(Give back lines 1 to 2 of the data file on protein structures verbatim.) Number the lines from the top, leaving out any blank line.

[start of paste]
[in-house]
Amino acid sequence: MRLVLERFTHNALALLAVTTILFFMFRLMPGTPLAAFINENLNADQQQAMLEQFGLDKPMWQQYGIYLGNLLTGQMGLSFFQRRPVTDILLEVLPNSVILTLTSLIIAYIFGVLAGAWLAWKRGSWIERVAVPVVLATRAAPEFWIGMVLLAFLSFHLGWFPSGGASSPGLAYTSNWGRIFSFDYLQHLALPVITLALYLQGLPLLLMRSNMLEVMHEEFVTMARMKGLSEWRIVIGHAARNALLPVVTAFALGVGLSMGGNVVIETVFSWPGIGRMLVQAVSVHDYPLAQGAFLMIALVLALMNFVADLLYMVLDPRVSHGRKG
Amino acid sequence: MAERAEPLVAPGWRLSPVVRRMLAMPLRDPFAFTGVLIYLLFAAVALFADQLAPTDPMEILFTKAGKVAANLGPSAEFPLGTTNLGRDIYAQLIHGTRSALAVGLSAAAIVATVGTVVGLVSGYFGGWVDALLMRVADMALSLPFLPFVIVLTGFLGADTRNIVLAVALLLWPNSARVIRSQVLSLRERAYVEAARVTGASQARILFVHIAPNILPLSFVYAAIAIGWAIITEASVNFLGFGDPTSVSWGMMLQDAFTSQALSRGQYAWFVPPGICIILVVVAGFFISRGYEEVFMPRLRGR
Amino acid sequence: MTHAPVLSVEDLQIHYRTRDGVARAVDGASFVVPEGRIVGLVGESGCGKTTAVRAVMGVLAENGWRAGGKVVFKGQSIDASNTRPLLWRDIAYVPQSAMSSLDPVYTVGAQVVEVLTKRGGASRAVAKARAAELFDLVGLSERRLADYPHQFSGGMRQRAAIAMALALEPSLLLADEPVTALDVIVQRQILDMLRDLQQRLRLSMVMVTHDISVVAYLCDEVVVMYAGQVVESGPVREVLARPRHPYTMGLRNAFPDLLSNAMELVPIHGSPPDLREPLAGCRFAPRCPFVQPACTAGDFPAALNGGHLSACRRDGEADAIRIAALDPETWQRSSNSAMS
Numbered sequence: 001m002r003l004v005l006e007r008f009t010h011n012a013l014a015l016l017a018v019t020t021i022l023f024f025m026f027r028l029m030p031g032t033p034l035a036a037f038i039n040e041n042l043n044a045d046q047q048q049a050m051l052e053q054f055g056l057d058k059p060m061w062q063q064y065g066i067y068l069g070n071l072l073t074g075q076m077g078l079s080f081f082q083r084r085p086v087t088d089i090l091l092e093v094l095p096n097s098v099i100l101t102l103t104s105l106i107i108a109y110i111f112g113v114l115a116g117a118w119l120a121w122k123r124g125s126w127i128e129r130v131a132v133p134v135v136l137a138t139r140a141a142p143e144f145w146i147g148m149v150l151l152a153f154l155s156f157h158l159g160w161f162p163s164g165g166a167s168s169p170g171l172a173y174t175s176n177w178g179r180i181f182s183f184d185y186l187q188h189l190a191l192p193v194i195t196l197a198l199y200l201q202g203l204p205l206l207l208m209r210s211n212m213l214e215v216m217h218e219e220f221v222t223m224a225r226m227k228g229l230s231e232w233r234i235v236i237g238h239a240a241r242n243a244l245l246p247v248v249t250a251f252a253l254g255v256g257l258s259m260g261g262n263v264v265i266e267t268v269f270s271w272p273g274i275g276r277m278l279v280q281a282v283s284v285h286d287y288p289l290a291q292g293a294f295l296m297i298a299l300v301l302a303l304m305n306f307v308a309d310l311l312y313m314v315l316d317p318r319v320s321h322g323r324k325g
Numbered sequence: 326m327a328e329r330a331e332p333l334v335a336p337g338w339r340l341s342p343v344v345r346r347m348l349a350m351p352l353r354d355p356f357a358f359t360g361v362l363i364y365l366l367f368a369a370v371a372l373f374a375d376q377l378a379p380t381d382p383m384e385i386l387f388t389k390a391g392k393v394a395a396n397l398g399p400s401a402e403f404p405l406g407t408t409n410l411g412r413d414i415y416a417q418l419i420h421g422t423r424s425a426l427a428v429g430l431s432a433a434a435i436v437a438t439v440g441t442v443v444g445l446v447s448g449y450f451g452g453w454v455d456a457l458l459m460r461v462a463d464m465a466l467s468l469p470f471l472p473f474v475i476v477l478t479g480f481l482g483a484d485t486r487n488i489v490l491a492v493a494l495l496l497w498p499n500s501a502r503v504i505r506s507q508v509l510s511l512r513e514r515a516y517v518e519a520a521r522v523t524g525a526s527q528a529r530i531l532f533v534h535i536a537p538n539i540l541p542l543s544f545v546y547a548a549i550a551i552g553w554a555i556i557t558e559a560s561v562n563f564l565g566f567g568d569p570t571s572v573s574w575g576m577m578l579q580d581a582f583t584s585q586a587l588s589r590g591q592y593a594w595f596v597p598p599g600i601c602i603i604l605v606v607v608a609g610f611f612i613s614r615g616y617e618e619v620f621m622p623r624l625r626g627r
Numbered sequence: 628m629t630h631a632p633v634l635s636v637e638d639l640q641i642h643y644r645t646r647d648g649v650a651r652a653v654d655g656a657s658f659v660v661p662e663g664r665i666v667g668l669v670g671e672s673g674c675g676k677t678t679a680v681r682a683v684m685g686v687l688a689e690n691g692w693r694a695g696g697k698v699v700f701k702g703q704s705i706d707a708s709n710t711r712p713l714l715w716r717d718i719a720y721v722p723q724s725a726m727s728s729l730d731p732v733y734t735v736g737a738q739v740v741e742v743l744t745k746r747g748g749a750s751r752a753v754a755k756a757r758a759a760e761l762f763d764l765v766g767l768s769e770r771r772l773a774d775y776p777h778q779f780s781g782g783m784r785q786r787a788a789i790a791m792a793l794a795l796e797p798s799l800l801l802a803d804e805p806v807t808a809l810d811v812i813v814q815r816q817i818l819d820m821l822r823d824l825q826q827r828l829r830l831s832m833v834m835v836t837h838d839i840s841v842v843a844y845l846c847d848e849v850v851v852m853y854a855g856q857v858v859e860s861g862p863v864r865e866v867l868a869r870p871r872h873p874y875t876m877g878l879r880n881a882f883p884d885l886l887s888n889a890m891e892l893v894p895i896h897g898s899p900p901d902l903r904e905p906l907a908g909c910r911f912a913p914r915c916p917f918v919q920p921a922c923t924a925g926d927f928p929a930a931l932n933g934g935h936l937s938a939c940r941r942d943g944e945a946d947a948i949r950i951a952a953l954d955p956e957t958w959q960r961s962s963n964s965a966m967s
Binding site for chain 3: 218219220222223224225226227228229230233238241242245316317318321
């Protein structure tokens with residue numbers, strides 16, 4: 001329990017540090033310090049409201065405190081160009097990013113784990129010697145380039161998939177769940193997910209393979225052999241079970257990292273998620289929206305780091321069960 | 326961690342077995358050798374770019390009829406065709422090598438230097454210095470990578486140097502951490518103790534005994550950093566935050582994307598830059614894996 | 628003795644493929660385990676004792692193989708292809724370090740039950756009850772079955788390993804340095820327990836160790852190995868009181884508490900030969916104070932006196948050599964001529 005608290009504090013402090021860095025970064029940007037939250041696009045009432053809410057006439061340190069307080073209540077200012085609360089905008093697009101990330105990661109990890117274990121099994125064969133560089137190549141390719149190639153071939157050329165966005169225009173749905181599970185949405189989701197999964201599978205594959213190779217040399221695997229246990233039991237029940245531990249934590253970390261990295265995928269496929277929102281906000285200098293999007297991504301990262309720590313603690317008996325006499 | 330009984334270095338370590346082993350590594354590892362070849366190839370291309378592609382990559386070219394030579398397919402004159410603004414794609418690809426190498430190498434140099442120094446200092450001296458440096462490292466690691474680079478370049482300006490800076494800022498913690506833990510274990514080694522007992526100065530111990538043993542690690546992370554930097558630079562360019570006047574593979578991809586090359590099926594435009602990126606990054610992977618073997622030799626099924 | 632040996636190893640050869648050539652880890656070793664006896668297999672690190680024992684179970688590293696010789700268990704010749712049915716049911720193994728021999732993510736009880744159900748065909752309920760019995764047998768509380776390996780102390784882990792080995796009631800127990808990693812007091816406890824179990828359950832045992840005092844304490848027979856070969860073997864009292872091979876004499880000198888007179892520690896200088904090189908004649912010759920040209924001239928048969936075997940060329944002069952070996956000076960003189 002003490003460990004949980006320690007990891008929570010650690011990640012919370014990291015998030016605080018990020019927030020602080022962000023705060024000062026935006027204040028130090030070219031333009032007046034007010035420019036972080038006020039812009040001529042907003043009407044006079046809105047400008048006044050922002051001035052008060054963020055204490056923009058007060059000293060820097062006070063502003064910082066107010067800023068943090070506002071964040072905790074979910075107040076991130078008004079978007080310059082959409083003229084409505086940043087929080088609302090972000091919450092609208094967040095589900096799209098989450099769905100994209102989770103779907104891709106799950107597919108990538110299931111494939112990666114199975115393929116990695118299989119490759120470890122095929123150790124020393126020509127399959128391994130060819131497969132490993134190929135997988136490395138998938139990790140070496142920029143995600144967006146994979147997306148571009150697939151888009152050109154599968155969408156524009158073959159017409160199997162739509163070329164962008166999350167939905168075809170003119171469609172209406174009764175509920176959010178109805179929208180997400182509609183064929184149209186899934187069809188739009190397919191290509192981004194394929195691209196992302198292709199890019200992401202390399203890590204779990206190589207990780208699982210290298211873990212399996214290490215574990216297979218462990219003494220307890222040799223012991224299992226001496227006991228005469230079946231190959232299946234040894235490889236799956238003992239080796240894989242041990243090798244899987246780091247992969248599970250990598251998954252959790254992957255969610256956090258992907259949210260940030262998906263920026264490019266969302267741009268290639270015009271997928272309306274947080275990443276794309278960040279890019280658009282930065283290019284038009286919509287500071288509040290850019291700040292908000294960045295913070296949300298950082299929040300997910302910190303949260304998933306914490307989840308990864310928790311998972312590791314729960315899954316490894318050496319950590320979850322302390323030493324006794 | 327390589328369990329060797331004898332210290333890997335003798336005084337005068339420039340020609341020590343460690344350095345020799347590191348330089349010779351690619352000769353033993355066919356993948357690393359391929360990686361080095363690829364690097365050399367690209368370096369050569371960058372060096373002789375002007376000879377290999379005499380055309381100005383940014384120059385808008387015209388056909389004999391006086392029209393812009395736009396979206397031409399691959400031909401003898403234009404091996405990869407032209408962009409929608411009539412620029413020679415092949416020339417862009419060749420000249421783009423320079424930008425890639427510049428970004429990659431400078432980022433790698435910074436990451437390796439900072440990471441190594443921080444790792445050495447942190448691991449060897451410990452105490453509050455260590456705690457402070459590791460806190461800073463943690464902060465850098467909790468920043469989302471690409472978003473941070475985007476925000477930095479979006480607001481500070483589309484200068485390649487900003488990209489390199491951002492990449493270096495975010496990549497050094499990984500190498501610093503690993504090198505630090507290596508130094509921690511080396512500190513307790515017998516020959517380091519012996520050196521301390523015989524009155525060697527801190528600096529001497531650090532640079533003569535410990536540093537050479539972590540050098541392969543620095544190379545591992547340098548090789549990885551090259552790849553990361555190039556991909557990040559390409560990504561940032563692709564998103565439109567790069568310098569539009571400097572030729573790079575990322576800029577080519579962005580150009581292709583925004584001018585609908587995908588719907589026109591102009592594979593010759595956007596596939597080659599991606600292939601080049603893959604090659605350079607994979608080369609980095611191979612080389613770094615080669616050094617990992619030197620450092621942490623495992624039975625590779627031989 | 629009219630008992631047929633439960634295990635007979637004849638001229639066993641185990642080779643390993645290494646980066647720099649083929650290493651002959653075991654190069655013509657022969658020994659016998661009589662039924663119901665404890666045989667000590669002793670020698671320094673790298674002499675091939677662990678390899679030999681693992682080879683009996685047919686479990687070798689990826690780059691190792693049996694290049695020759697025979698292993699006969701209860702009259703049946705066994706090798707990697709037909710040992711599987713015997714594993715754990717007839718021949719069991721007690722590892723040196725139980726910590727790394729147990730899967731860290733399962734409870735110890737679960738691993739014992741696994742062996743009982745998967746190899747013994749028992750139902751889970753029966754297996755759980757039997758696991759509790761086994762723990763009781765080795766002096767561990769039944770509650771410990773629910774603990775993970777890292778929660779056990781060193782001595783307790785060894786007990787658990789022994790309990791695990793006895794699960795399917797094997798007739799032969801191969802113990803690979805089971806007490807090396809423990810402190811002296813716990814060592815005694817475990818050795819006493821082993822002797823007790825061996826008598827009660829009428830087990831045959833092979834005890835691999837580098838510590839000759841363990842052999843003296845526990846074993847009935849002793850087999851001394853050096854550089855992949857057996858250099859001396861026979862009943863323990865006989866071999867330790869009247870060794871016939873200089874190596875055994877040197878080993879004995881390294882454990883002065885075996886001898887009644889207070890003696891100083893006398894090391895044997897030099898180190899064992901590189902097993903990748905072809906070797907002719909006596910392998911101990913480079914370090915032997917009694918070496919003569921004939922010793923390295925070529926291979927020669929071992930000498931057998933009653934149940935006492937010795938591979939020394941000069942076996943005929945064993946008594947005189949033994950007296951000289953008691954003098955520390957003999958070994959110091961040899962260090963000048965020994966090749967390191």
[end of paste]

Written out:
[in-house]
Amino acid sequence: MRLVLERFTHNALALLAVTTILFFMFRLMPGTPLAAFINENLNADQQQAMLEQFGLDKPMWQQYGIYLGNLLTGQMGLSFFQRRPVTDILLEVLPNSVILTLTSLIIAYIFGVLAGAWLAWKRGSWIERVAVPVVLATRAAPEFWIGMVLLAFLSFHLGWFPSGGASSPGLAYTSNWGRIFSFDYLQHLALPVITLALYLQGLPLLLMRSNMLEVMHEEFVTMARMKGLSEWRIVIGHAARNALLPVVTAFALGVGLSMGGNVVIETVFSWPGIGRMLVQAVSVHDYPLAQGAFLMIALVLALMNFVADLLYMVLDPRVSHGRKG